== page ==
Headed To The Compound by David Spicer

I drove from Mexico in a ratty VW
with Cement, a roustabout who
wore a white shirt. We debated
visiting his punk brother Silver Dollar
on death row. Instead, we gobbled fish,
French fries, and apple pies at McDonald’s,
speaking Portuguese with an obese burger
flopper. BANG! BANG! from a firearm.
Riddle veterans, we questioned the shots.
Nico, a ballerina with a mail-order accent,
asked us for a ride. Calves slender and taut,
her beauty dazzled our male hormones,
and the Winchester justified her presence.
Cement and I treated her with Yes ma’ams,
No ma’ams. In the car headed to the compound,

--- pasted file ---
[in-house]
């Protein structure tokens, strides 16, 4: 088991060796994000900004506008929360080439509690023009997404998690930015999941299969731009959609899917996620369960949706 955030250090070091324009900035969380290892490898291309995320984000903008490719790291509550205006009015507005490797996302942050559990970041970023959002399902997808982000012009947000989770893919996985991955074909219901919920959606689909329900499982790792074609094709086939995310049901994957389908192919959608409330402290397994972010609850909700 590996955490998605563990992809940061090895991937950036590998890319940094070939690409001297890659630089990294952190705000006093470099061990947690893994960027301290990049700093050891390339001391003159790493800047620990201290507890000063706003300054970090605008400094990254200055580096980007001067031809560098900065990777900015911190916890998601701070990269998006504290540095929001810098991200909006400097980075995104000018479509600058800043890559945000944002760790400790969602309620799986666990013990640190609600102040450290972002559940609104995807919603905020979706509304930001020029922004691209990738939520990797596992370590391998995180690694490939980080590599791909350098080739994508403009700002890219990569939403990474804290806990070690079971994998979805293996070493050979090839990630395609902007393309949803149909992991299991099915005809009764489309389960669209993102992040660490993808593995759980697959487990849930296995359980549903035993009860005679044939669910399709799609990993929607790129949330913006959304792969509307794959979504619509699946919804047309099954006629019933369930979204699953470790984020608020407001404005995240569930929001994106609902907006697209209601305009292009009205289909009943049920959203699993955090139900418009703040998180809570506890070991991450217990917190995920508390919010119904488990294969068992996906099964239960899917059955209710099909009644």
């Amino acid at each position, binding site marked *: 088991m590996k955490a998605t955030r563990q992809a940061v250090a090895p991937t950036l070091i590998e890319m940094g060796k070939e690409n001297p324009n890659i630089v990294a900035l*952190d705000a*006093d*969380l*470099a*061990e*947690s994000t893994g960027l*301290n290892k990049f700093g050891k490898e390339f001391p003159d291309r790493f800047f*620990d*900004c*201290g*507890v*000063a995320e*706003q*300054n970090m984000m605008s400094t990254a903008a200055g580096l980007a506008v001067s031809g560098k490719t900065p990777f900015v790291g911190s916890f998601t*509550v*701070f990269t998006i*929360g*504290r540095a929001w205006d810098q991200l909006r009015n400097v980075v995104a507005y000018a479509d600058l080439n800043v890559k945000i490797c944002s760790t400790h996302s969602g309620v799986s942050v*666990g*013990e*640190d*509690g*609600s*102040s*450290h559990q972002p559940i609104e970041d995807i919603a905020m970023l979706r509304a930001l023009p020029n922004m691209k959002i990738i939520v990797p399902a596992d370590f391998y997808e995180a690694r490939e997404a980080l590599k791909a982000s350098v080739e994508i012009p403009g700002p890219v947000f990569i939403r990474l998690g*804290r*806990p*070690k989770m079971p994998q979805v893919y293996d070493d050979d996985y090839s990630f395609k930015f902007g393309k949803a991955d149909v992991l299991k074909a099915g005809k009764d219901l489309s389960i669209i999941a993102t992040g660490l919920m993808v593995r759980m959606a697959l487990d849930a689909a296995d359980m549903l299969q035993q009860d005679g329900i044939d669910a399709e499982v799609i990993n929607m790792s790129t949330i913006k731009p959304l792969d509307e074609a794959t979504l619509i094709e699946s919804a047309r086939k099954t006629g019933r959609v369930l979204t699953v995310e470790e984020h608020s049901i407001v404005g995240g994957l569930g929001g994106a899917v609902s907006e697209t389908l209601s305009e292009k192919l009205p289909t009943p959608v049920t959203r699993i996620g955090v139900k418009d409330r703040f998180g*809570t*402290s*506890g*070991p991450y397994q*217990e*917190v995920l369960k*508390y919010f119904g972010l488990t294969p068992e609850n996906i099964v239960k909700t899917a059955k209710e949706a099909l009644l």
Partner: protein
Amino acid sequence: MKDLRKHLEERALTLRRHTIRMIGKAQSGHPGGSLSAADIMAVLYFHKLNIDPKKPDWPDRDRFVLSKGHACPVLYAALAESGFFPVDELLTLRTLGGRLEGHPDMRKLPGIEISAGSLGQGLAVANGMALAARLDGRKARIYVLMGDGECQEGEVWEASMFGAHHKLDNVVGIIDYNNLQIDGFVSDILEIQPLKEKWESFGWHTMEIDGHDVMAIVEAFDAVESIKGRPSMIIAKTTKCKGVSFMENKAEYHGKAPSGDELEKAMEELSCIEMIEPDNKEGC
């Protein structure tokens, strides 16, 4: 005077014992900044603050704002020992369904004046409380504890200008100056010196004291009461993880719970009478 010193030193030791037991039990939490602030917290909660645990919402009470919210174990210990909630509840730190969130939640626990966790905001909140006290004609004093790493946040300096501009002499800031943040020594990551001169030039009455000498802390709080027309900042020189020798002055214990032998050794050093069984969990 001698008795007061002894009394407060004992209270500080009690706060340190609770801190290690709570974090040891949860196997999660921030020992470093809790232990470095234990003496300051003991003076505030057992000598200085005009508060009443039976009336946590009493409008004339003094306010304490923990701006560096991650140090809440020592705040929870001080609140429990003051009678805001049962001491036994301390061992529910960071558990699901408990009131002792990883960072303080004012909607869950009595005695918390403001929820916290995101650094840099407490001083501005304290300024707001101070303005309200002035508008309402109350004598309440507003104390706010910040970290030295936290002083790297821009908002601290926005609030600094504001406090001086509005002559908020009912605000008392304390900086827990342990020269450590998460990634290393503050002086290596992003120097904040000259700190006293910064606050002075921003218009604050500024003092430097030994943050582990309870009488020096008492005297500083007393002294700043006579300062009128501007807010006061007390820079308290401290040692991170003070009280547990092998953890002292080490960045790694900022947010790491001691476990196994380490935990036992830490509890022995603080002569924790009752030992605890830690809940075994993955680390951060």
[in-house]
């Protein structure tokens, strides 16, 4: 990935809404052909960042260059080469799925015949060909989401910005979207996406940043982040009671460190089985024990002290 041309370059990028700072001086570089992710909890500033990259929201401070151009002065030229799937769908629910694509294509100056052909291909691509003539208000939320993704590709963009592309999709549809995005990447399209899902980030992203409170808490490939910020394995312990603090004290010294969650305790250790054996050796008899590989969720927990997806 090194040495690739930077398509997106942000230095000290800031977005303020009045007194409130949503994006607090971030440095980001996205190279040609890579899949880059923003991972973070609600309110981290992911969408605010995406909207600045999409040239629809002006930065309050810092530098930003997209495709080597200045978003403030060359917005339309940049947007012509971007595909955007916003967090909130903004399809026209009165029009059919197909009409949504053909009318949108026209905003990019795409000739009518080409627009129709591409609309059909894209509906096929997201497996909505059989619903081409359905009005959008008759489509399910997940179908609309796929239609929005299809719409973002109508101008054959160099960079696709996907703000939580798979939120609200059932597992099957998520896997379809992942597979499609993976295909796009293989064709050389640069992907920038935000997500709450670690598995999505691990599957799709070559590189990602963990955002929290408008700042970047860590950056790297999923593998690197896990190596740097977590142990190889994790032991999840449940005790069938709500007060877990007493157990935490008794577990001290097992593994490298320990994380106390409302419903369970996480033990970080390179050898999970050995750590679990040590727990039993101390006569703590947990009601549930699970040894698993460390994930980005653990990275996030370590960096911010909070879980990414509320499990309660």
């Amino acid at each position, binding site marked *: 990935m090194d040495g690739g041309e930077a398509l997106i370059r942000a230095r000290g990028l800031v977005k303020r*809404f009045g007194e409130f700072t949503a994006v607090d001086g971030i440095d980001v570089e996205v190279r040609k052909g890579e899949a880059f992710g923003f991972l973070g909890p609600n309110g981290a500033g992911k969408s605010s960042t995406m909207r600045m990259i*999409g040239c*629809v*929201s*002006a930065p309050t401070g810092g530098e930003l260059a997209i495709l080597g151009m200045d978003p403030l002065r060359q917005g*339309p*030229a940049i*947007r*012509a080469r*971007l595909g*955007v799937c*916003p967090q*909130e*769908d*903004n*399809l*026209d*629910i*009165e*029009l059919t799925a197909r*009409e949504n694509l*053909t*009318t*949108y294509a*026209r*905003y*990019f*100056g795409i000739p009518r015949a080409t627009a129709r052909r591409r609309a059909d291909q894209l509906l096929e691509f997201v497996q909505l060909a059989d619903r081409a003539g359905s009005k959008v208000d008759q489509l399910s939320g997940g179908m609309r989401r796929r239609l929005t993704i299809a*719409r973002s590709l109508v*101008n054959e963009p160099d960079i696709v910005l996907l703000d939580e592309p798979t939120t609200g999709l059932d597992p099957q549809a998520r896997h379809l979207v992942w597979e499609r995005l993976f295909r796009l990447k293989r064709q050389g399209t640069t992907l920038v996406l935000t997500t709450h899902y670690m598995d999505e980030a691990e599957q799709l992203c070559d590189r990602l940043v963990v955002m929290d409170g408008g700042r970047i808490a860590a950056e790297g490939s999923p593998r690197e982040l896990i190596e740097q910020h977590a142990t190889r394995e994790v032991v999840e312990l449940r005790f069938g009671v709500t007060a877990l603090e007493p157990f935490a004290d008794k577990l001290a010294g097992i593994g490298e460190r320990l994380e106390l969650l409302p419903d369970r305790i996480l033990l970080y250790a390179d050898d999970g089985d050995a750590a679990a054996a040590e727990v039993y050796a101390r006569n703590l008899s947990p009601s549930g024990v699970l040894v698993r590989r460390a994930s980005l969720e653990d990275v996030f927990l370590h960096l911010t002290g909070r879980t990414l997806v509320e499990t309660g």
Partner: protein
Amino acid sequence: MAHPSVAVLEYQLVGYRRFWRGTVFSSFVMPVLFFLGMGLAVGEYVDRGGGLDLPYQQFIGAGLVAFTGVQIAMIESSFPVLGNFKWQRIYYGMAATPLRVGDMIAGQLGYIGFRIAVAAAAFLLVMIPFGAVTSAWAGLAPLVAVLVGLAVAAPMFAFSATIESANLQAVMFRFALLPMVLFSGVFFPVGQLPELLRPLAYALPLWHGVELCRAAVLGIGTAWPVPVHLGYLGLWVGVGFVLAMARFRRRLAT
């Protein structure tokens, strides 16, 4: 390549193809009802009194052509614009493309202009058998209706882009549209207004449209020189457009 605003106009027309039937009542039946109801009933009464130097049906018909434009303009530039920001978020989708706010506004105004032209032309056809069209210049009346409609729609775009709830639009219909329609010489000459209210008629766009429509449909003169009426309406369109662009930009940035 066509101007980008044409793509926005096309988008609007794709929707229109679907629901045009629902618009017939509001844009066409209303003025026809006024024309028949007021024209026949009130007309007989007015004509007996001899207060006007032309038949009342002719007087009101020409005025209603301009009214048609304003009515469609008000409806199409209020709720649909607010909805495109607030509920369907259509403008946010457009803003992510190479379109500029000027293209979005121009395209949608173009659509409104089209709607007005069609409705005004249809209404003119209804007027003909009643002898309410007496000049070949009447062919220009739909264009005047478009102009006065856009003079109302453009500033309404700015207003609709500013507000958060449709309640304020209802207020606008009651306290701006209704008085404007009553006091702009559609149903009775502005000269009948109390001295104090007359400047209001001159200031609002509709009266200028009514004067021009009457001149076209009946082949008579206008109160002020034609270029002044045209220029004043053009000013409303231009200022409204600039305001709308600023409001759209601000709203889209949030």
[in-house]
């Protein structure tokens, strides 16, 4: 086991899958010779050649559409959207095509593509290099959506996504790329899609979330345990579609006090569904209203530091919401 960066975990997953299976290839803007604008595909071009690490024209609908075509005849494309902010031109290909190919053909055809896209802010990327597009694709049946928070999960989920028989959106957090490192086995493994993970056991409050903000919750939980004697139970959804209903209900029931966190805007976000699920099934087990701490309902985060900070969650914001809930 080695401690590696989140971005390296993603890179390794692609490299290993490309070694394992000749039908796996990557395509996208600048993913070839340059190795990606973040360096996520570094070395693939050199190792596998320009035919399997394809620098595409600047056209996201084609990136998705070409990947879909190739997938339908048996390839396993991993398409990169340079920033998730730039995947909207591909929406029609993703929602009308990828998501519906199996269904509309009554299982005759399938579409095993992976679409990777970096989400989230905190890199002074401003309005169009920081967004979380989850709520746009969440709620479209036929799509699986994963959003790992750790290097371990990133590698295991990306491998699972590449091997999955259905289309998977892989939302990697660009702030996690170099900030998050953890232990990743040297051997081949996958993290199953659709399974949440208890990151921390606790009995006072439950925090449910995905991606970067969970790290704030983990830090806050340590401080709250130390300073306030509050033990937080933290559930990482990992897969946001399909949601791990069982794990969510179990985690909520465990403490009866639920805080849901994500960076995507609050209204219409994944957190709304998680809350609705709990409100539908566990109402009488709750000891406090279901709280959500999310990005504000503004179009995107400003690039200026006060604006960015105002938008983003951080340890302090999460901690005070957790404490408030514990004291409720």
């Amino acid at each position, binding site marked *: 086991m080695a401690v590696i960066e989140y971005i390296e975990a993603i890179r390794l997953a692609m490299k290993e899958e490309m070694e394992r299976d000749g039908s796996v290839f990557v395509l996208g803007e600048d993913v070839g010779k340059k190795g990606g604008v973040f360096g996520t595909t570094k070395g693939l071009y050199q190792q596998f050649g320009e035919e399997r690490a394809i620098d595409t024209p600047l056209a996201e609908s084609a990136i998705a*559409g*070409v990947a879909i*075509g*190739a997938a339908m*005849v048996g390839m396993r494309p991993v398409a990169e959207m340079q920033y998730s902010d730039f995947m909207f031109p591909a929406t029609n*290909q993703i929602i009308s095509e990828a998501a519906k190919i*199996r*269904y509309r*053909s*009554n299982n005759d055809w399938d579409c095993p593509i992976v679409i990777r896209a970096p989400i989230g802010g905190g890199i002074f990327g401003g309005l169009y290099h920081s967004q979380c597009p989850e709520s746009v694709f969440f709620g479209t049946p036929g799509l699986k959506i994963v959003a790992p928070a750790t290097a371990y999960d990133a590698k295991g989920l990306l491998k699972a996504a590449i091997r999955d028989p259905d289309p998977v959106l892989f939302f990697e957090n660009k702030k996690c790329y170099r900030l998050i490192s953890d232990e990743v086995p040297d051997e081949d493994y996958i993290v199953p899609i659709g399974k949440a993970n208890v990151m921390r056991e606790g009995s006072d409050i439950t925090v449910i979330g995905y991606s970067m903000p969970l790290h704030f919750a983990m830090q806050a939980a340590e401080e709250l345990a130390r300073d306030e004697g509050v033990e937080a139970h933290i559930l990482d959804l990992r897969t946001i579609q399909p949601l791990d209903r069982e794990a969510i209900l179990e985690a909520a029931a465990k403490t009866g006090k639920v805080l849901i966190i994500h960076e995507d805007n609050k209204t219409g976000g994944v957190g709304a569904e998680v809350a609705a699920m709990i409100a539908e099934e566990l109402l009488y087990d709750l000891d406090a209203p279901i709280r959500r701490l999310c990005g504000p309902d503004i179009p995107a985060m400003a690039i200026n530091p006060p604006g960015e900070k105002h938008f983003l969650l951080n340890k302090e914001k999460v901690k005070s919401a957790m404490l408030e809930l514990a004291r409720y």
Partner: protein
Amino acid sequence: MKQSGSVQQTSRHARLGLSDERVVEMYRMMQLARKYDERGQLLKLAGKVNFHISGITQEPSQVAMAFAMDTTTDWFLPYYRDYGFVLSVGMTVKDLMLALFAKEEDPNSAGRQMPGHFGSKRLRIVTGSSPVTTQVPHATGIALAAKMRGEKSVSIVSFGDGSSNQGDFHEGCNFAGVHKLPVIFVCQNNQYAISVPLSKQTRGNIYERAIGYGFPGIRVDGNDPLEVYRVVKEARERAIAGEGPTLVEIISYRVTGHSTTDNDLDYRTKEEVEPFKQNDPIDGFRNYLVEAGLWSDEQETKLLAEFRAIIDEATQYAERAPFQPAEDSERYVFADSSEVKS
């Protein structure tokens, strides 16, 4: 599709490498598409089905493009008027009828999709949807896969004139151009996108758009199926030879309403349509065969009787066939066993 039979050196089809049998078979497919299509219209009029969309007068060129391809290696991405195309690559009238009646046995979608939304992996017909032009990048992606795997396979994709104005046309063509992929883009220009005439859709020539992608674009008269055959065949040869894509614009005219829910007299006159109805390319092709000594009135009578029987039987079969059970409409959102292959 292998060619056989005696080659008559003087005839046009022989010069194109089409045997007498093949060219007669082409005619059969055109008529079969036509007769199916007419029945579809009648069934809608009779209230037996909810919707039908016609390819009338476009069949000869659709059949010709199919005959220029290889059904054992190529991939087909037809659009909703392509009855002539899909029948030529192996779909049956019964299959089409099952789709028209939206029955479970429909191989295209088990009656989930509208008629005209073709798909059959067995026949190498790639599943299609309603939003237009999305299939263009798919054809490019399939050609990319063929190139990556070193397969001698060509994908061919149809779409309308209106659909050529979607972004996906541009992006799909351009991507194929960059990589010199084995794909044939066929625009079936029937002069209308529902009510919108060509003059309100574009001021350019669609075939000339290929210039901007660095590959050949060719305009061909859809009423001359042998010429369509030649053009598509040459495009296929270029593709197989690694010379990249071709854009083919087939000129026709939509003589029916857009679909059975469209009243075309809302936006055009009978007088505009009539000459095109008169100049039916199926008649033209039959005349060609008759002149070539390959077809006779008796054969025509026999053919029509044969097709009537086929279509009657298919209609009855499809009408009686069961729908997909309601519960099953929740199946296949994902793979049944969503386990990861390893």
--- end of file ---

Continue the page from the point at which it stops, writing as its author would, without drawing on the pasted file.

Nico recited surreal poetry from her mimeographed
book, Muffle the Orifice and Shift Measure,
that predicted we’d soon binge on Moon Pies,
ban pantyhose, and creep on canes
in the last days. Houses smiled, then burned
in the poems. We carried on, collected slide
rules, smells of lies about the future. She gave us
a video about a gun-toting teenage ballerina.
In the movie she threatened in tour en l’airs
with a rifle. Cement and I congratulated
ourselves for giving Nico a ride.

David Spicer

David Spicer has had poems accepted by or published in The American Poetry Review, Ploughshares, Reed Magazine, Circle Show, Slim Volume, Yellow Mama, Jersey Devil Press, Bad Acid Laboratories, Inc., The Kitchen Poet, and elsewhere. He is the author of one full-length collection and four chapbooks, is the former editor of raccoon, Outlaw, and Ion Books, and lives in Memphis, Tennessee.

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